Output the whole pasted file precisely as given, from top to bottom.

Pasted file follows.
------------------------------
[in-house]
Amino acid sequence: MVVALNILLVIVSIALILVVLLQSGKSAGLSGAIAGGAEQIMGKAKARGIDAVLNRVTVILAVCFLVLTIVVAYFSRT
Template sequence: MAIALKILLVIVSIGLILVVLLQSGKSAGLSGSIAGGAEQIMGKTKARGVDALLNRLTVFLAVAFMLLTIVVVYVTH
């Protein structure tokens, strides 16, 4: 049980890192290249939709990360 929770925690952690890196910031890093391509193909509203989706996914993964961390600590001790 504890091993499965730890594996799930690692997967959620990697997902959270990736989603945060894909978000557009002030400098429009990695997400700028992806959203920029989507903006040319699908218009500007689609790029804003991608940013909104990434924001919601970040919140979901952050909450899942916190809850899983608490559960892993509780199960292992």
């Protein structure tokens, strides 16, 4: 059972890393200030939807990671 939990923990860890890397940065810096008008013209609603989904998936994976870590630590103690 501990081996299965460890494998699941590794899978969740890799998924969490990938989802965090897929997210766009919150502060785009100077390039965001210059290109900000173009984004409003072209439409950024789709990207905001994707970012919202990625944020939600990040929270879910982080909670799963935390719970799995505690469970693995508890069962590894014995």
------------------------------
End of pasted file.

[in-house]
Amino acid sequence: MVVALNILLVIVSIALILVVLLQSGKSAGLSGAIAGGAEQIMGKAKARGIDAVLNRVTVILAVCFLVLTIVVAYFSRT
Template sequence: MAIALKILLVIVSIGLILVVLLQSGKSAGLSGSIAGGAEQIMGKTKARGVDALLNRLTVFLAVAFMLLTIVVVYVTH
């Protein structure tokens, strides 16, 4: 049980890192290249939709990360 929770925690952690890196910031890093391509193909509203989706996914993964961390600590001790 504890091993499965730890594996799930690692997967959620990697997902959270990736989603945060894909978000557009002030400098429009990695997400700028992806959203920029989507903006040319699908218009500007689609790029804003991608940013909104990434924001919601970040919140979901952050909450899942916190809850899983608490559960892993509780199960292992």
């Protein structure tokens, strides 16, 4: 059972890393200030939807990671 939990923990860890890397940065810096008008013209609603989904998936994976870590630590103690 501990081996299965460890494998699941590794899978969740890799998924969490990938989802965090897929997210766009919150502060785009100077390039965001210059290109900000173009984004409003072209439409950024789709990207905001994707970012919202990625944020939600990040929270879910982080909670799963935390719970799995505690469970693995508890069962590894014995």